Coding Standards

Follow PEP8. All code is currently PEP 8 compliant and it should stay this way.

All code must be licensed using GPL v2.0 or later and must have a SPDX License Identifier stating this. A copyright line should be included on new files and may be added for significant changes to existing files.

# Patchwork - automated patch tracking system
# Copyright (C) 2000 Jane Doe <>
# Copyright (C) 2001 Joe Bloggs <>
# SPDX-License-Identifier: GPL-2.0-or-later

Changes that fix semantic issues will be happily received, but please keep such changes separate from functional changes.

Patchwork uses the pre-commit framework to allow automated style checks when committing code. This is opt-in but avoids the need to manually run style checks on commits. Pre-commit can be installed and enabled like so:

$ pip install --user pre-commit
$ pre-commit install --allow-missing-config

Once installed, the various checks listed in .pre-commit-config.yaml will be run on changed files when committing. It is also possible to run the checks on all files manually:

$ pre-commit run --all-files

In addition to pre-commit, we provide tox targets for style checks. These are used by CI and can be useful if checking all files manually. Refer to the Testing section below for more information on usage of this tool.


Patchwork includes a tox script to automate testing. This requires a functional database and some Python requirements like tox. Refer to Installation for information on how to configure these.

You may also need to install tox. If so, do this now:

$ pip install --user tox


If you’re using Docker, you may not need to install tox locally. Instead, it will already be installed inside the container. For Docker, you can run tox like so:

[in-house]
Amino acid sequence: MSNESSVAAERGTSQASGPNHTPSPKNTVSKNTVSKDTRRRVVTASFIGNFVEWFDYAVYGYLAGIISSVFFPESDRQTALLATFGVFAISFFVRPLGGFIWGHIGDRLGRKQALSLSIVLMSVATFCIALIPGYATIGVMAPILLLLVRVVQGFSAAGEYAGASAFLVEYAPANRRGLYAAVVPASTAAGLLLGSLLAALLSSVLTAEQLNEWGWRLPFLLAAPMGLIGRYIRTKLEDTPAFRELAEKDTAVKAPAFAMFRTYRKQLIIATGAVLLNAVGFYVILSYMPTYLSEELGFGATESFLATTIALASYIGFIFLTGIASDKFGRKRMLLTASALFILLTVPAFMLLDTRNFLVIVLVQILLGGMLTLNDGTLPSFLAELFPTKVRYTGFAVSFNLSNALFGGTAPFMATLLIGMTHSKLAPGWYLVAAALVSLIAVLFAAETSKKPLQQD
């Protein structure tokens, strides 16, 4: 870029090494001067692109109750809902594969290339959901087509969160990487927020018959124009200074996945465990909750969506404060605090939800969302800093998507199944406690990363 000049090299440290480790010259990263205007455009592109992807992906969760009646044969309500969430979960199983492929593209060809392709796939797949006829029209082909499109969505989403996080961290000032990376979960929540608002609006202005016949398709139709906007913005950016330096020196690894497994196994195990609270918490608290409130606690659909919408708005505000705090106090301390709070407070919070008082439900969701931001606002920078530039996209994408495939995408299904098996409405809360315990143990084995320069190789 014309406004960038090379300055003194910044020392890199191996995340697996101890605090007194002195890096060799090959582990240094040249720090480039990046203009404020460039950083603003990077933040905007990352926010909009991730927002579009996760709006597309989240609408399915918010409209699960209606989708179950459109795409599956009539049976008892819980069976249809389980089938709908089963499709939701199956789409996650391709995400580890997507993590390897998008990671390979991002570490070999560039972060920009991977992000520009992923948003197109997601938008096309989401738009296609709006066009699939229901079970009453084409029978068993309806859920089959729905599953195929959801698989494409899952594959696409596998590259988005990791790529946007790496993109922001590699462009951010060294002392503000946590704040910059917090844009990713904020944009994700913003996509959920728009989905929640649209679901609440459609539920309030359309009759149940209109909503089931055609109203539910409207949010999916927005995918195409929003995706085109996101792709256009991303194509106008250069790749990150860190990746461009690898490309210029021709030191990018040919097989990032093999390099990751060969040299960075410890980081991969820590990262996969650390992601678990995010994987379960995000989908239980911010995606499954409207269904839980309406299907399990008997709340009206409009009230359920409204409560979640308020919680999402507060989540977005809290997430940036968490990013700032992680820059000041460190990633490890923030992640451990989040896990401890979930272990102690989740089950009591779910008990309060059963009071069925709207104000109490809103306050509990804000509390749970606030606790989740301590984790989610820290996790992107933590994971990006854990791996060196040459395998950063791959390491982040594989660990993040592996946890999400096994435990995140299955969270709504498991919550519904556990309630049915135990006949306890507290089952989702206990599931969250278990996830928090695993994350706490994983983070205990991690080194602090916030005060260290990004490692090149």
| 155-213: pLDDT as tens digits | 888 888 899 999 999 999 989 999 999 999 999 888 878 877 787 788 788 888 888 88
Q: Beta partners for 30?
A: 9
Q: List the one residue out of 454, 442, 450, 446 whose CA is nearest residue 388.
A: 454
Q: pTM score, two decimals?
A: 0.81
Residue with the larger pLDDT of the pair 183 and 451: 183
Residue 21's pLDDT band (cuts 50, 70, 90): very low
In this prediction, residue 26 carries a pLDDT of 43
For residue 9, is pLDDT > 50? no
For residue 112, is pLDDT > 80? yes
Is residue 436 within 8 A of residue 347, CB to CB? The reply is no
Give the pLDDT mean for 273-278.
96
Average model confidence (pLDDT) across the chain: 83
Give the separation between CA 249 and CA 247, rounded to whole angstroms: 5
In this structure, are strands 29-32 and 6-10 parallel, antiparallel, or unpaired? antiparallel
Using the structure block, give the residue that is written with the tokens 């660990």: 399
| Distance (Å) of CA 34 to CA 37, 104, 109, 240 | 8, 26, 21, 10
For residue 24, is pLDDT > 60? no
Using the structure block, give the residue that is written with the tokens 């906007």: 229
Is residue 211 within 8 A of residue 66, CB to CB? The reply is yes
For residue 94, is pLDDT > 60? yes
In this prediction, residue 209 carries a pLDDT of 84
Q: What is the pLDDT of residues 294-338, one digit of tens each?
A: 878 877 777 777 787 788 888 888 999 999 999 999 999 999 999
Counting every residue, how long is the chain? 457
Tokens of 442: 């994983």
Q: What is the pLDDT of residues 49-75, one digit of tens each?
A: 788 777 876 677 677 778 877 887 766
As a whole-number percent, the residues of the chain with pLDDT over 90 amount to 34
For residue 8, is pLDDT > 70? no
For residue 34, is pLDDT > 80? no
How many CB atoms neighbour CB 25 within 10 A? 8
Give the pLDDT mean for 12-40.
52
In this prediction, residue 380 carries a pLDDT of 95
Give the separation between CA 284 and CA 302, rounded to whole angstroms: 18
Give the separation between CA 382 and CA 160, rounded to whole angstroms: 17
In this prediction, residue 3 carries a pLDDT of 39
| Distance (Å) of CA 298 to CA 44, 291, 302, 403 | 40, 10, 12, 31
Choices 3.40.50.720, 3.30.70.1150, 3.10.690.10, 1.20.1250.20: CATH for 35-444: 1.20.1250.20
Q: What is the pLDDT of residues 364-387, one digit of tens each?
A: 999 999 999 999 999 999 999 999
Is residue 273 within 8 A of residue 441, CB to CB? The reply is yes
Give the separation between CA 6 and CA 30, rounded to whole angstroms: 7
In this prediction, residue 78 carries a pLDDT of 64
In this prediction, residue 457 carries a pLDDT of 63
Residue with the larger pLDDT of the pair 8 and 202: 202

$ docker-compose run --rm web tox [ARGS...]

For more information, refer to Docker-Based Installation.

Assuming these requirements are met, actually testing Patchwork is quite easy to do. To start, you can show the default targets like so:

$ tox -l

You’ll see that this includes a number of targets to run unit tests against the different versions of Django supported, along with some other targets related to code coverage and code quality. To run one of these, use the -e parameter:

$ tox -e py27-django18

In the case of the unit tests targets, you can also run specific tests by passing the fully qualified test name as an additional argument to this command:

$ tox -e py27-django18 patchwork.tests.SubjectCleanUpTest

Because Patchwork support multiple versions of Django, it’s very important that you test against all supported versions. When run without argument, tox will do this:

$ tox

Release Notes

Patchwork uses reno for release note management. To use reno, you must first install it:

$ pip install --user reno

Once installed, a new release note can be created using the reno new command:

$ reno new <slugified-summary-of-change>

Modify the created file, removing any irrelevant sections, and include the modified file in your change.


As discussed in Release Process, the API is versioned differently from Patchwork itself. Should you make changes to the API, you need to ensure these only affect newer versions of the API. Refer to previous changes in the patchwork/api directory and to the Django REST Framework documentation for more information.


All API changes should be called out in release notes using the api section.

Reporting Issues

You can report issues to the mailing list or the GitHub issue tracker.

Submitting Changes

All patches should be sent to the mailing list. You must be subscribed to the list in order to submit patches. Please abide by the QEMU guidelines on contributing or submitting patches. This covers both the initial submission and any follow up to the patches. In particular, ensure:

Patches should ideally be submitted using the git send-email tool.

Mailing Lists

Patchwork uses a single mailing list for development, questions and announcements.

Further information about the Patchwork mailing list is available can be found on